Purely Functional Data Structures in Clojure: Leftist Heaps
This post is part of a series about Chris Okasaki’s Purely Functional Data Structures. You can see all posts in the series by visiting the functionaldatastructures category in this blog.
Last year I started reading a book called Purely Functional Data Structures. It’s a fascinating book and if you’ve ever wondered how Clojure’s persistent data structures work, it’s mandatory reading.
However, all code samples in the book are written in ML  with Haskell versions in the end of the book. This means I got stuck in Chapter 3, where the ML snippets start.
I had no clue about Haskell’s  much less ML’s!  syntax and I was finding it very difficult to follow along. What I did notice is that their syntaxes are not so different from each other.
So I put the book down and read Learn You a Haskell For Great Good! with the hopes that learning more about haskell’s syntax  in particular, learning how to read its type signatures  would help me get going with Puretly Functional Data Structures.
Luckily, I was right  and I recommend you do the same if you’re not familiar with either of those languages. Learn You a Haskell For Great Good! is a great book and I got a lot out of it. My series on Monads is a product of reading it.
Enough background though.
The purpose of this post is twofold: One is to share the github repository I created and that will contain the Clojure versions of the data structures in the book as well as most solutions to the exercises  or at least as many as my timepoor life allows me to implement.
The other is to walk you through some of the code and get a discussion going. Hopefully we will all learn something  as I certainly have when implementing these. Today, we’ll start with Leftist Heaps.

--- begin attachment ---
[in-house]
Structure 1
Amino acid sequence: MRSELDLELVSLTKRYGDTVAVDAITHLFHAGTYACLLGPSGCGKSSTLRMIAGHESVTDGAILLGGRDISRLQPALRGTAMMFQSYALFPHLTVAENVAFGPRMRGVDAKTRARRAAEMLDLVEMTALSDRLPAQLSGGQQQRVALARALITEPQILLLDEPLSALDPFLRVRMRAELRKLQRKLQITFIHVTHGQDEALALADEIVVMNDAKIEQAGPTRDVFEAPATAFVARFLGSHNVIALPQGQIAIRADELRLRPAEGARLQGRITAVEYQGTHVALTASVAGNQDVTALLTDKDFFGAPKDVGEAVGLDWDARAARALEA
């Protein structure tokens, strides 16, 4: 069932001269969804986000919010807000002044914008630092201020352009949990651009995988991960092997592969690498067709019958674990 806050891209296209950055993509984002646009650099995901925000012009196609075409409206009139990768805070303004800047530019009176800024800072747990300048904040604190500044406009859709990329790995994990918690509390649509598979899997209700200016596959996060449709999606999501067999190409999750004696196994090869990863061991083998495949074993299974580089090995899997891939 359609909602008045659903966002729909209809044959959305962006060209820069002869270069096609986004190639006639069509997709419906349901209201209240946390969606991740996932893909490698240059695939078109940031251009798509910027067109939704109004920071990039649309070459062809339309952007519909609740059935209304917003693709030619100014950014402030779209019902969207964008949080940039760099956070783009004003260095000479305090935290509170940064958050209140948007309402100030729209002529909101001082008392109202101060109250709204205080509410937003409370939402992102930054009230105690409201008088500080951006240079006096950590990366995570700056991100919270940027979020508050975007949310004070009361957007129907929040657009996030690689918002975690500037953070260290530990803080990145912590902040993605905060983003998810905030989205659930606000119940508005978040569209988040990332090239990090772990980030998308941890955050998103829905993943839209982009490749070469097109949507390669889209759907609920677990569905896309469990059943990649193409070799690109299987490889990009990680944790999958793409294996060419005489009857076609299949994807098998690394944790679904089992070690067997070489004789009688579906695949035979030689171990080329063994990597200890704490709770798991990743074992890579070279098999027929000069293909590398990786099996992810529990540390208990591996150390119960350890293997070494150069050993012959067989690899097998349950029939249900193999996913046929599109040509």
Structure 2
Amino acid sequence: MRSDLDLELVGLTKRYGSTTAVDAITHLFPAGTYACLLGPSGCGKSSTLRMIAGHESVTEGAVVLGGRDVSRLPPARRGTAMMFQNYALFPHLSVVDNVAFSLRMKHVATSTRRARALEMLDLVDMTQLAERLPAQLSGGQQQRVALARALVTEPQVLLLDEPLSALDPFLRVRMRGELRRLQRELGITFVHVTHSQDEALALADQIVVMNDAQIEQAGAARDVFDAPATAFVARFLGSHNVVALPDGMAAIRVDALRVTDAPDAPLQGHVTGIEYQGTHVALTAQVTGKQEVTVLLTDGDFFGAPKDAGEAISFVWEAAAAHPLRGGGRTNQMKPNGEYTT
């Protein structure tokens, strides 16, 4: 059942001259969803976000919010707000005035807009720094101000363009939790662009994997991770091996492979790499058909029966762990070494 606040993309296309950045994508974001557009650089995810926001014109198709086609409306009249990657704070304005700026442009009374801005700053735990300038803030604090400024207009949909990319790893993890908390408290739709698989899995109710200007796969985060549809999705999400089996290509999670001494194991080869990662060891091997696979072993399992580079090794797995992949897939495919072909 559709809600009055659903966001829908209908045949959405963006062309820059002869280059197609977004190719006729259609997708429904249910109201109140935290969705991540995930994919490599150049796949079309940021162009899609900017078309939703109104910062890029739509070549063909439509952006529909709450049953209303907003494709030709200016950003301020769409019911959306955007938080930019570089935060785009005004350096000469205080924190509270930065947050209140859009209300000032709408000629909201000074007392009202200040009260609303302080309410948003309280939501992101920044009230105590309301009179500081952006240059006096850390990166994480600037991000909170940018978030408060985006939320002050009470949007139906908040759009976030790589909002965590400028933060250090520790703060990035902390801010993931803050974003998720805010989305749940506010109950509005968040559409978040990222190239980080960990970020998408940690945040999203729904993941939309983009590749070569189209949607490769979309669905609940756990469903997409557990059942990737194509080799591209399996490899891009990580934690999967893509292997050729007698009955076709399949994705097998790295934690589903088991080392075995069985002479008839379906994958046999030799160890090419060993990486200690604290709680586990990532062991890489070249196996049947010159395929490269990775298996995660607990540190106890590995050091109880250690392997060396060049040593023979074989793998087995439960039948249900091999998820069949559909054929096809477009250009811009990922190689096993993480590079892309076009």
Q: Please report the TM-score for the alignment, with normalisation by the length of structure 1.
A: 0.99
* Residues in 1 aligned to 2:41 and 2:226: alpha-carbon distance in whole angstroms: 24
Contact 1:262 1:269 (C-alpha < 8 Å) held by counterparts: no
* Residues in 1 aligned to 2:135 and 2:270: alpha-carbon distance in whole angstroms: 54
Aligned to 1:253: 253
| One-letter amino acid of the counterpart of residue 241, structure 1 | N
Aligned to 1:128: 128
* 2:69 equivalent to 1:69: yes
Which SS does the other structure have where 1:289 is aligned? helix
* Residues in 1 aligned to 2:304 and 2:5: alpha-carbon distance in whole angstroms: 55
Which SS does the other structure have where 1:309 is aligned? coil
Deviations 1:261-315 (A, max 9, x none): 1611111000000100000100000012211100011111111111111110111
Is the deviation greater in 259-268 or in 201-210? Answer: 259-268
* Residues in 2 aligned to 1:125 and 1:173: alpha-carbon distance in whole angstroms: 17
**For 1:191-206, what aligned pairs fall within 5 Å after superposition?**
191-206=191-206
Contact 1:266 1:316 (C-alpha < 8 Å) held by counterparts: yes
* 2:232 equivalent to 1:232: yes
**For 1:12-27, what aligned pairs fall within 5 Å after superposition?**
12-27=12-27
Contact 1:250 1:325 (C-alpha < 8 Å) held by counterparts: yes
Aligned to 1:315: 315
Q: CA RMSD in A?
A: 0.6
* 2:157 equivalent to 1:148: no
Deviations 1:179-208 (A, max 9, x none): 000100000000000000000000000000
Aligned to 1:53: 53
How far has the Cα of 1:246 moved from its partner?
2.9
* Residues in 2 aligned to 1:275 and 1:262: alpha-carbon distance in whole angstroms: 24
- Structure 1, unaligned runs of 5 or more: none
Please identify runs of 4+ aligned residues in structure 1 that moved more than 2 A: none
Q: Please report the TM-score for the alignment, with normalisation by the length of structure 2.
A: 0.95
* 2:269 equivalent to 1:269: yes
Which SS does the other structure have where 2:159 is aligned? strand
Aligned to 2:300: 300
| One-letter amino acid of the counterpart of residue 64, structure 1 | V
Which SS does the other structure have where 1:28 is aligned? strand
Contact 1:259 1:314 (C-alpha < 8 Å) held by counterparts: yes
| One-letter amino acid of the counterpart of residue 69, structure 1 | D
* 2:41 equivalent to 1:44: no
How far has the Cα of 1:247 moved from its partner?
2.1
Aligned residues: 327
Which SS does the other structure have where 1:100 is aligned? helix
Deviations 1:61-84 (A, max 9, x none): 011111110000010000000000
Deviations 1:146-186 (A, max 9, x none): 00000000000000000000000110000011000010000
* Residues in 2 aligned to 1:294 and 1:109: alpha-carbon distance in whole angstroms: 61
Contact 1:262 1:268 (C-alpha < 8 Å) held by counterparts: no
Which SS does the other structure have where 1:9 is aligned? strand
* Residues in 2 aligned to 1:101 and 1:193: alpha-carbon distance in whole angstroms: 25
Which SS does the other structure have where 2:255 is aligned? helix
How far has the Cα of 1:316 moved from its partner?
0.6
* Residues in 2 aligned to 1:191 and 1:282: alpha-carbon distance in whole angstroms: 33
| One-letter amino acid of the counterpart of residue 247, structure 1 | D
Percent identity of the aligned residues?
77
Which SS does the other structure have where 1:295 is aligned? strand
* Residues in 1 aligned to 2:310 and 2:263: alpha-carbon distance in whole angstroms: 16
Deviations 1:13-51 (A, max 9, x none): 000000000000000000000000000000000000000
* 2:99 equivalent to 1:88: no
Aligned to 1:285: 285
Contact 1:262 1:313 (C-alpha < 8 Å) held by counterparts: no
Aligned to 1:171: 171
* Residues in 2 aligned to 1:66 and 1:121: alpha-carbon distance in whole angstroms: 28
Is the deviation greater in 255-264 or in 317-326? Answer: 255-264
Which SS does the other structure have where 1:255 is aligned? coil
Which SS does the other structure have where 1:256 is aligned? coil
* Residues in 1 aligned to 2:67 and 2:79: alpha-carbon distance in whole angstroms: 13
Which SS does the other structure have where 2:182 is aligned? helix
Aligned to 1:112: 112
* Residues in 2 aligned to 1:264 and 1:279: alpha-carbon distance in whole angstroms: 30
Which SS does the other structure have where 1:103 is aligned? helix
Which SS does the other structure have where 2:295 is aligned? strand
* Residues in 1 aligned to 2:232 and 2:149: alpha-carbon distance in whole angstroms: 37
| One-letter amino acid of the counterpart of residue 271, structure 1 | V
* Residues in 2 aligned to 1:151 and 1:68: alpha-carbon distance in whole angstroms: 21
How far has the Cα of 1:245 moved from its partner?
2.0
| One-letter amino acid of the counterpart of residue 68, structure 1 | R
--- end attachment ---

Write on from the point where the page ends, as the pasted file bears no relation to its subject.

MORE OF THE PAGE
Leftist Heaps
Leftist Heaps  or trees  are a variant of binary heaps that can be used as priority queues. On top of the standard invariants of binary heaps, it obeys the leftist property:
 Every node has a rank, which is the distance from its right spine to the nearest leaf
 A node’s left child has a rank at least as large as its right child
In a nutshell, these are the operations we need to be able to perform on a leftist heap:
 insert a value into an existing heap
 merge two heaps
 find the minimum value in a heap
 delete the minimum value, returning a new heap
Since the book uses ML/Haskell, it starts with a data type definition for Heaps that exposes these and a couple of other auxiliary functions. I decided to take a stab at writing the solution using Clojure’s protocols and records:
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When implementing the algorithms the base case for the recursive solutions will involve dealing with nil values which at first seems like it wouldn’t be a problem. However, protocol functions dispatch on the type of its first argument so what happens if I call the function isempty? on nil?
Luckily, Clojure allows us to extend a protocol to core types:
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Note how I extended a few of the protocol functions to the nil data type, allowing me to continue with this implementation with no nasty hacks.
There’s one last bit missing: a function that will ensure each heap retains the leftist property:
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The reason this function is isolated is that the Heap protocol defined above is fairly generic and could be used for defining other types of heaps  and I didn’t feel it warranted its own interface.
We can now play with it and create a new leftist heap:
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While I quite like this approach, I thought I’d also implement this solution using Clojure’s core data types  maps in this case  and no protocols. The code is shown below:
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Using it is equally simple:
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That’s it for now.
As I implement more of the book’s code and exercises I’ll add them to the github repo  it also includes tests for all implementations.
Enjoy :)